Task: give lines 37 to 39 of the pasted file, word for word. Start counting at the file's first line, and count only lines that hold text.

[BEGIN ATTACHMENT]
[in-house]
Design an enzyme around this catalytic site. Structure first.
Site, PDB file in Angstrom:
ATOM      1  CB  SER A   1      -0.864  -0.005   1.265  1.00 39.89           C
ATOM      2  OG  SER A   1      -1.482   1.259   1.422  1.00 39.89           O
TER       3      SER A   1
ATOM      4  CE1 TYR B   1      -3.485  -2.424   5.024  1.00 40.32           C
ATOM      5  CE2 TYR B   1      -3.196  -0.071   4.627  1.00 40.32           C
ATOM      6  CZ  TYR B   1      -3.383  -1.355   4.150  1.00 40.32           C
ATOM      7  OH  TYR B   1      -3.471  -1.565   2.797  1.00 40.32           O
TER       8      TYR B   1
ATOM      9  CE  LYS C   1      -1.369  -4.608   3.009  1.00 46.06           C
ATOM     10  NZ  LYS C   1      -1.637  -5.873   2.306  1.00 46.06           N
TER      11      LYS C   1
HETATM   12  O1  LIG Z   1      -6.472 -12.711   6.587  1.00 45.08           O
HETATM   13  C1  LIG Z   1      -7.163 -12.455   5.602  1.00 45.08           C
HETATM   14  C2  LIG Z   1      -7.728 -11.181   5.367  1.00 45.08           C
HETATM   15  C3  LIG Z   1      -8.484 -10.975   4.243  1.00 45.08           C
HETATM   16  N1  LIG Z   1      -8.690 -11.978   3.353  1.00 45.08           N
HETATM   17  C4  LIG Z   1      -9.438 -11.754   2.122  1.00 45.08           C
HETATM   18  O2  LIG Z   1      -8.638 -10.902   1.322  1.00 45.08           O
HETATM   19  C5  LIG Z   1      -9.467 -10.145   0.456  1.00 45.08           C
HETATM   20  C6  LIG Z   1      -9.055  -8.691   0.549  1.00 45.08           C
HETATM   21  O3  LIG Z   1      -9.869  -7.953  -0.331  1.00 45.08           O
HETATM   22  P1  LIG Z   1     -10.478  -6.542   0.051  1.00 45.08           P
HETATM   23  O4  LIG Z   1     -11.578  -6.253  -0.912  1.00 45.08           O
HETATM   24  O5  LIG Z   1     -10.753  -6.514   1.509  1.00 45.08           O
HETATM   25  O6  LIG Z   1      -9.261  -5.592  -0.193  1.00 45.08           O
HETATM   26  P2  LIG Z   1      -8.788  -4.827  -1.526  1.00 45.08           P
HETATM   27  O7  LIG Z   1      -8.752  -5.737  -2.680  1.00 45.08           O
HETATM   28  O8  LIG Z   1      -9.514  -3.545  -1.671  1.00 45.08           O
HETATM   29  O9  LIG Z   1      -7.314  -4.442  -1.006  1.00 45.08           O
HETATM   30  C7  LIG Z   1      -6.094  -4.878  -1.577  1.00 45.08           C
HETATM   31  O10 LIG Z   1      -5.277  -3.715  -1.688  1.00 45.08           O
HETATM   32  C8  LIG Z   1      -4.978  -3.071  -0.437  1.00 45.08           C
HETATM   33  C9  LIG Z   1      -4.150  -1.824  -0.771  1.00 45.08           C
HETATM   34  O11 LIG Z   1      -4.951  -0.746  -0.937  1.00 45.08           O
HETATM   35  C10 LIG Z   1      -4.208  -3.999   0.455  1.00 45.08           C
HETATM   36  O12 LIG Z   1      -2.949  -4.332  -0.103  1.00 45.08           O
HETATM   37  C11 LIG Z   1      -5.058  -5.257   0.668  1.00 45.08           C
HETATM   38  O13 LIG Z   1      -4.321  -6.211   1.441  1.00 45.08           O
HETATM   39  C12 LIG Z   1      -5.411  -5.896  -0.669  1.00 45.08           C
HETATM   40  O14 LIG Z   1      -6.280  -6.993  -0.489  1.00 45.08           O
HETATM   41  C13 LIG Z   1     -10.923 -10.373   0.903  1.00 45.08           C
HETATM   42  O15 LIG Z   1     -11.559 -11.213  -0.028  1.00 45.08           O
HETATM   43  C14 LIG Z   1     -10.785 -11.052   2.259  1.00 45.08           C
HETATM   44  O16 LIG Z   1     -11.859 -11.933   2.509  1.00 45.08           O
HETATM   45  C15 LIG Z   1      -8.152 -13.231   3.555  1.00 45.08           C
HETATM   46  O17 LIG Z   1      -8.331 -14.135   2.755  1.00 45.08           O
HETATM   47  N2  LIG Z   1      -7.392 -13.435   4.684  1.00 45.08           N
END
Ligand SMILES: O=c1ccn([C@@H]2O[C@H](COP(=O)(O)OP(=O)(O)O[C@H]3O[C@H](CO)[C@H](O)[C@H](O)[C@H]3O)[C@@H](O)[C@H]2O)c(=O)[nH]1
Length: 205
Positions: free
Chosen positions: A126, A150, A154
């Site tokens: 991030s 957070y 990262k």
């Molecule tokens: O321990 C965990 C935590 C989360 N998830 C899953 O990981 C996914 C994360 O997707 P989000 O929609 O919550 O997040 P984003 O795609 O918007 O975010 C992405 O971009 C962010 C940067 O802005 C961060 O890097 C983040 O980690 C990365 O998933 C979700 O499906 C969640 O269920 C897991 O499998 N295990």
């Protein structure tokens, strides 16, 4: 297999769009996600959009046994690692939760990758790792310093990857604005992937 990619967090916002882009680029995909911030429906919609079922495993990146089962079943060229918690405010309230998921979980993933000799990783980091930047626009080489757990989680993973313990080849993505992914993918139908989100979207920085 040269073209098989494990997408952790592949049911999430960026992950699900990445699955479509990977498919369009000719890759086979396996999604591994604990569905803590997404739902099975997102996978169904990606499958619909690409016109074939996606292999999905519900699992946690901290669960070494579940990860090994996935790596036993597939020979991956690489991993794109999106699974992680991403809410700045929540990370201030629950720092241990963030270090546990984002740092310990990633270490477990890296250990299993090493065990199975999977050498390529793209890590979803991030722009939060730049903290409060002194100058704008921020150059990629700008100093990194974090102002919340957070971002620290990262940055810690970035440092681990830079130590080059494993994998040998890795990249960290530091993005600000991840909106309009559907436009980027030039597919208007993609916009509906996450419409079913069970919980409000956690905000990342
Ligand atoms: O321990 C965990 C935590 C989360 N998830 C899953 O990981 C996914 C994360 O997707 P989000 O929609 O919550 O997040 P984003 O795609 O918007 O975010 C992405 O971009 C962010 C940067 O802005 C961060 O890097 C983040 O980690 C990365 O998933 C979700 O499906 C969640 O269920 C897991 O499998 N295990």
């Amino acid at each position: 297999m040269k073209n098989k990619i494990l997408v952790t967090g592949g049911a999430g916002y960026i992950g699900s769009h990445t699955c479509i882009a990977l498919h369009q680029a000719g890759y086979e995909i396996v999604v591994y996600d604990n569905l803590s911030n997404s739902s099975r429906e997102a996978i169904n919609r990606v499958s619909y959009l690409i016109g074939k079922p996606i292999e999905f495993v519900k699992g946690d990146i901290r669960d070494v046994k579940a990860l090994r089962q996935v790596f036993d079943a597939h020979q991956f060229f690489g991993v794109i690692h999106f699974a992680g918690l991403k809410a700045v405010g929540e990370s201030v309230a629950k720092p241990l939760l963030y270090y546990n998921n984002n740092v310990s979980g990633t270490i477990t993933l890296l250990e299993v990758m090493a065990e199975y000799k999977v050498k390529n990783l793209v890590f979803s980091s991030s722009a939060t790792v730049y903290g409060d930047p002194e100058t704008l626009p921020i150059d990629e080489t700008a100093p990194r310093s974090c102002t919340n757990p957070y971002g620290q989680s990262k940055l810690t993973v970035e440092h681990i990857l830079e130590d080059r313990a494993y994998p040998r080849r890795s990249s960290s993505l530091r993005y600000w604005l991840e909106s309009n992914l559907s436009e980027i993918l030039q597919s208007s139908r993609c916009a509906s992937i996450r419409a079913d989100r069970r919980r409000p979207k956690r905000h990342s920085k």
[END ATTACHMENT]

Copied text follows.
HETATM   34  O11 LIG Z   1      -4.951  -0.746  -0.937  1.00 45.08           O
HETATM   35  C10 LIG Z   1      -4.208  -3.999   0.455  1.00 45.08           C
HETATM   36  O12 LIG Z   1      -2.949  -4.332  -0.103  1.00 45.08           O